Thanks for reading and all of your collective wisdom!

Diane Spears
via faso.com
Yes, for me it is not just the emotion of loneliness, but purposely carving out alone-time to think or write my own thoughts and feeling that "leading" to paint and draw. Thanks for all your encouraging blogs.

Sandy Talbert
via faso.com
John, I have been reading your posts for quite some time and I find them to be insightful and very enjoyable. I take a line or two or a quote and record it in my journal to reflect on later. I too feel most creative and comfortable when I'm alone in my small studio. It's a place where I can clear my mind and let things flow. Thank you for writing!

Weatherly
via faso.com
Hi John-
Thank you so much for your article! Loneliness is something I certainly struggle with every day. I love the solitude and time to create, but also crave the social interaction. My studio is in my house and I literally enjoy my coffee every day in my slippers and walk up to work. I recognize my need for interaction and try to plan for it within my day, whether is is meeting friends for a tennis game, a drink, or a walk with my dog. I look forward to reading "Our Souls at Night" after reading your article as well as more article by you. Thank you!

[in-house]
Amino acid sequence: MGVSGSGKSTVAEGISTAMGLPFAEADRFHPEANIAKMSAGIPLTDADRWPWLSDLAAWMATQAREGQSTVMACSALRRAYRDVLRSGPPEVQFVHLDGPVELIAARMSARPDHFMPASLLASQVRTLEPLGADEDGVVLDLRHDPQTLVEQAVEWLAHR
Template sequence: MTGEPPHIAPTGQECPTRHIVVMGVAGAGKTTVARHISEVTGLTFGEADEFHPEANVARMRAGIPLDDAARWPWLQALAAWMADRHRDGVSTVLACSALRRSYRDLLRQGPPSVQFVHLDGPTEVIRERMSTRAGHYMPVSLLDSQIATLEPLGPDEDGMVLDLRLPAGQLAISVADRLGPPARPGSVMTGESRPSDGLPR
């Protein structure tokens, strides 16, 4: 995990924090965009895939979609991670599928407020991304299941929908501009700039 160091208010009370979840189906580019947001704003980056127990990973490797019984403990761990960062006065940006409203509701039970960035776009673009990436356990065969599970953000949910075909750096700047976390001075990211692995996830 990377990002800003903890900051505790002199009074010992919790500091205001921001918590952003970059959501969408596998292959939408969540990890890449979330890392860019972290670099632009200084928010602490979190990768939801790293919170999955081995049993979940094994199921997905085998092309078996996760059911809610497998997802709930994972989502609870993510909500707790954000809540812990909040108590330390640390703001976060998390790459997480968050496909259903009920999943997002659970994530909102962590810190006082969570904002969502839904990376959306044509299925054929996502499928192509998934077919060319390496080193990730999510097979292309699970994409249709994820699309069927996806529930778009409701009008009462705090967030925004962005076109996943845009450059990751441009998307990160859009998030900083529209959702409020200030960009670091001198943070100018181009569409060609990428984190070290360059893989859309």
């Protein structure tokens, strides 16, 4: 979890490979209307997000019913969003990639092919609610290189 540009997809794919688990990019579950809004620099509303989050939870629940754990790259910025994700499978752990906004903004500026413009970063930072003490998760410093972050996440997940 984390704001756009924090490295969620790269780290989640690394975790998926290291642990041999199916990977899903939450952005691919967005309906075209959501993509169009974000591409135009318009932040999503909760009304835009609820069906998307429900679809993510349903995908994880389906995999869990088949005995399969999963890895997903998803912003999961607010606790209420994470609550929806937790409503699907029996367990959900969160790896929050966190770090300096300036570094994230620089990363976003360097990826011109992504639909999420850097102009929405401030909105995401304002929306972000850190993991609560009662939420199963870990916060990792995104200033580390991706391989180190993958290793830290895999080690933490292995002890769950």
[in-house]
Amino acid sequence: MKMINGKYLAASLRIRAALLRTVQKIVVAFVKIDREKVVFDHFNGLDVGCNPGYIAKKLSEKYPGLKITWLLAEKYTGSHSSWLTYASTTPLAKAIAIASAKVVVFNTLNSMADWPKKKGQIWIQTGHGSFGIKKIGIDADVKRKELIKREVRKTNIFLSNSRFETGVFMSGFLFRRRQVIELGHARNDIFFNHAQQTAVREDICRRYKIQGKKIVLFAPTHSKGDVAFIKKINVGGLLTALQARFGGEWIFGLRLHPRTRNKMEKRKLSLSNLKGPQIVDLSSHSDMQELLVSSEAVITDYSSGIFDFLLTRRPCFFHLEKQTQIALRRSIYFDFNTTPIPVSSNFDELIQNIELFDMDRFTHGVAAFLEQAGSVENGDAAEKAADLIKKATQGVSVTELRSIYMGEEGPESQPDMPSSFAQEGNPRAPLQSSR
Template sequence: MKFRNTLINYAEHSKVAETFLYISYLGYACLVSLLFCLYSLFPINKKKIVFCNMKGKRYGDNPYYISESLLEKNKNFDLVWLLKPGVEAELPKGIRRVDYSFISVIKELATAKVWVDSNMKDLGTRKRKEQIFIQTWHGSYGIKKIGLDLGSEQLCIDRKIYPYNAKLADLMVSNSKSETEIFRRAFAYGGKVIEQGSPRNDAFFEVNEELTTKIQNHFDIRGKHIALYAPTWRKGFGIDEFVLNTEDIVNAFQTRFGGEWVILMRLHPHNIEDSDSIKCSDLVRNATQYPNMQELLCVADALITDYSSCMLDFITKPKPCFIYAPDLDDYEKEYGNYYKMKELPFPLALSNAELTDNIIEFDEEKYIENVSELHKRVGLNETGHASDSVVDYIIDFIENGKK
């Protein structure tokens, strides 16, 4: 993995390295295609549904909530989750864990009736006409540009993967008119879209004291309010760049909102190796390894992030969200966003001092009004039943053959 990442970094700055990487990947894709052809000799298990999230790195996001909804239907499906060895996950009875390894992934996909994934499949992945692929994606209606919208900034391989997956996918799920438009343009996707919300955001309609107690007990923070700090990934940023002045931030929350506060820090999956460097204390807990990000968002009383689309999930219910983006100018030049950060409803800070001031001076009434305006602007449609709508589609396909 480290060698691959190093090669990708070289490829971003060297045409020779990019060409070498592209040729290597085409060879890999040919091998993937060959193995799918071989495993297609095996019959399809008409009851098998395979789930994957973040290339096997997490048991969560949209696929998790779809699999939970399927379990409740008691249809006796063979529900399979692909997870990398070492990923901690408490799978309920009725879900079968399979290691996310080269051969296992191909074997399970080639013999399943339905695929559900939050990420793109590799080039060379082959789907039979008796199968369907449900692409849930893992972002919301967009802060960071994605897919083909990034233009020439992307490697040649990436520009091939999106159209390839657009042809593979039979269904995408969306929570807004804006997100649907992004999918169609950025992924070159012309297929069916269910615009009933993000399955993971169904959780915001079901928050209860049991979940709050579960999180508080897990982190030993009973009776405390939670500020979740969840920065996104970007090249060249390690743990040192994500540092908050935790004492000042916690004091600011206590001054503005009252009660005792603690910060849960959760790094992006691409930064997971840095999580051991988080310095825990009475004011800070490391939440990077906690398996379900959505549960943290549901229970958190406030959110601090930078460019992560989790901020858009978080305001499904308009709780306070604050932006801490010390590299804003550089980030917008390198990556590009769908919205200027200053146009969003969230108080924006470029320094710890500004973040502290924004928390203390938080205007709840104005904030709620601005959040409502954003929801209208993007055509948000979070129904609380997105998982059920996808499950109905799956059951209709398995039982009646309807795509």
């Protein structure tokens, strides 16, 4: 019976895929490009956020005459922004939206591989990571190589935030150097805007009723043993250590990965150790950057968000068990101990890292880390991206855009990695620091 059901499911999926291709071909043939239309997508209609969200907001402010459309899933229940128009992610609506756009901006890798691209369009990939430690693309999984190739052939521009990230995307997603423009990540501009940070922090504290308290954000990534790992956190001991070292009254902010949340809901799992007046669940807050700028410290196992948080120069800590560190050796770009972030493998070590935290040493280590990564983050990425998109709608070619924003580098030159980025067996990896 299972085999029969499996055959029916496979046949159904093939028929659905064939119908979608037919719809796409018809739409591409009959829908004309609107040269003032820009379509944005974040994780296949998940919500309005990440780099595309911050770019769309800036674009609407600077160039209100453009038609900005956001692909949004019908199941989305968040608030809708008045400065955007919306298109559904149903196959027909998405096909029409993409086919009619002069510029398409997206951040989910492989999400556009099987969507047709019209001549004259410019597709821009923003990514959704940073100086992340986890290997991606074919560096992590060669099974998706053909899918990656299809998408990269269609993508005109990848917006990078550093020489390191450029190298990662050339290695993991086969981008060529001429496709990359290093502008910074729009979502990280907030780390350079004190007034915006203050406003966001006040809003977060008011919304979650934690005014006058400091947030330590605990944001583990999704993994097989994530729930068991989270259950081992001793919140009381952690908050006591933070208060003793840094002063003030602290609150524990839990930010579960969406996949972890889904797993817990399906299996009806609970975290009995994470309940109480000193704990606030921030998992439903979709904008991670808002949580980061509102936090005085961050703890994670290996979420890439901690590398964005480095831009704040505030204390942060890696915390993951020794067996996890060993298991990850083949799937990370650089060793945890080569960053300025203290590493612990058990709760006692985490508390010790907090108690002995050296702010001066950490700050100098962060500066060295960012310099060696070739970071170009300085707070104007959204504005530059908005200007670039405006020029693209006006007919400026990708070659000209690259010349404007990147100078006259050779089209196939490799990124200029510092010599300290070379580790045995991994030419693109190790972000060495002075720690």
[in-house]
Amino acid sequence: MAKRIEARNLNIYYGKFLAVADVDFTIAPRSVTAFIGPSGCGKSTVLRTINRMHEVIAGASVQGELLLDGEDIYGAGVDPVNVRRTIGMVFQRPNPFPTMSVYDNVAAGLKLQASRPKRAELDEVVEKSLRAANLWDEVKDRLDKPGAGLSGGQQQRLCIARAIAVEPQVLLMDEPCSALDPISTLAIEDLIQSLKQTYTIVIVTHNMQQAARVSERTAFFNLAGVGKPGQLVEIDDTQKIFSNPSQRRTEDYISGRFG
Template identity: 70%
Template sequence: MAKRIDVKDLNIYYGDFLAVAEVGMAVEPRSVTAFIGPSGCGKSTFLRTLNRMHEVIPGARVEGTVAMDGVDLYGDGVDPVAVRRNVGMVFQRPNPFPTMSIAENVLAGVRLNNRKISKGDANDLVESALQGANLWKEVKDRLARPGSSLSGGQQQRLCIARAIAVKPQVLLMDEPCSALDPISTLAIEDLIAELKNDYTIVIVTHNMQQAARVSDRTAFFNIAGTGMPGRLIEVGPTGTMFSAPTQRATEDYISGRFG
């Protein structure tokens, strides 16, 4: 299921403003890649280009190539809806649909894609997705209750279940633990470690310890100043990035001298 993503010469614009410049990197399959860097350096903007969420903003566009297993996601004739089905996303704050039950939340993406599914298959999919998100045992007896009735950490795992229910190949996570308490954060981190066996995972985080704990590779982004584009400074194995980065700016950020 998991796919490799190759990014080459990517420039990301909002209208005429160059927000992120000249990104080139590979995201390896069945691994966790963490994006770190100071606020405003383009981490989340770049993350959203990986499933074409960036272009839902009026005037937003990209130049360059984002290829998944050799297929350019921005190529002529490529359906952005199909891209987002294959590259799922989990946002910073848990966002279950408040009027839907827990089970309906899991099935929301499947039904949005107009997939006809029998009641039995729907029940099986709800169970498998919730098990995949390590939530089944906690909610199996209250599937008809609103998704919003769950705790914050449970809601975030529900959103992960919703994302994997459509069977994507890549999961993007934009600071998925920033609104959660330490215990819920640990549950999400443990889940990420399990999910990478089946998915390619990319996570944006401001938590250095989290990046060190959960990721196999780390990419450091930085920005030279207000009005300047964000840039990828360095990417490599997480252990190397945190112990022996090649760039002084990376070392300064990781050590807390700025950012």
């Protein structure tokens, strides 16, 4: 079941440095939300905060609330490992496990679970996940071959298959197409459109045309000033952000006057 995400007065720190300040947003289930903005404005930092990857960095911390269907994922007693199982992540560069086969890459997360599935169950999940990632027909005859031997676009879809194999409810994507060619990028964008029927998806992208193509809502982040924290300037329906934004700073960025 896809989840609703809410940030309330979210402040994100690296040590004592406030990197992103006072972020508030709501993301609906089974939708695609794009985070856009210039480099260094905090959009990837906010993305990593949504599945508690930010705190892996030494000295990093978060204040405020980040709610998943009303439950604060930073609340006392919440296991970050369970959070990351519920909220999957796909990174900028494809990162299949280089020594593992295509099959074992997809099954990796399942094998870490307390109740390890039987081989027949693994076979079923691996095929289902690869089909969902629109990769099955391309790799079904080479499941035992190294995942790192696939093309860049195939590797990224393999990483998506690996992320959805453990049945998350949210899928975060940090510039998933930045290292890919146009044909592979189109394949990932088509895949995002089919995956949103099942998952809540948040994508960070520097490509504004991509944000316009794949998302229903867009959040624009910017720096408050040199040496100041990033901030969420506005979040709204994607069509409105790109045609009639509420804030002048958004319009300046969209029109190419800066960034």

Mary Ann Warner
via faso.com
I always enjoy reading your articles.

I am also a plein air painter and it was not until I moved to Taos, NM that I began painting landscapes.

A year before coming to Taos I took a meditation and brainwave development workshop at Esalen in Big Sur, CA, lead by Anna Wise. There we learned to meditate with questions in mind to find solutions. I was feeling very lonely and in meditation learned that the solution was to be alone, to be in solitude. It also came to me that I would find great joy and fulfillment painting pictures of the Mother Earth. It was taking this class and Anna Wise's tapes that gave me the courage to move to Taos. It was here that I first took up plein air painting which has led to studio landscapes. I remember the first time I experienced the fullness of solitude; all the other painters had left and I was alone. In the fullness of this solitude, I realized I had connected to my source, The Mother Earth.

Betsy Kellum
via faso.com
Growing up, I never even considered that I would be content to be working, by myself, in a studio, at an easel, painting for hours. I always was a social being.... And connecting with others.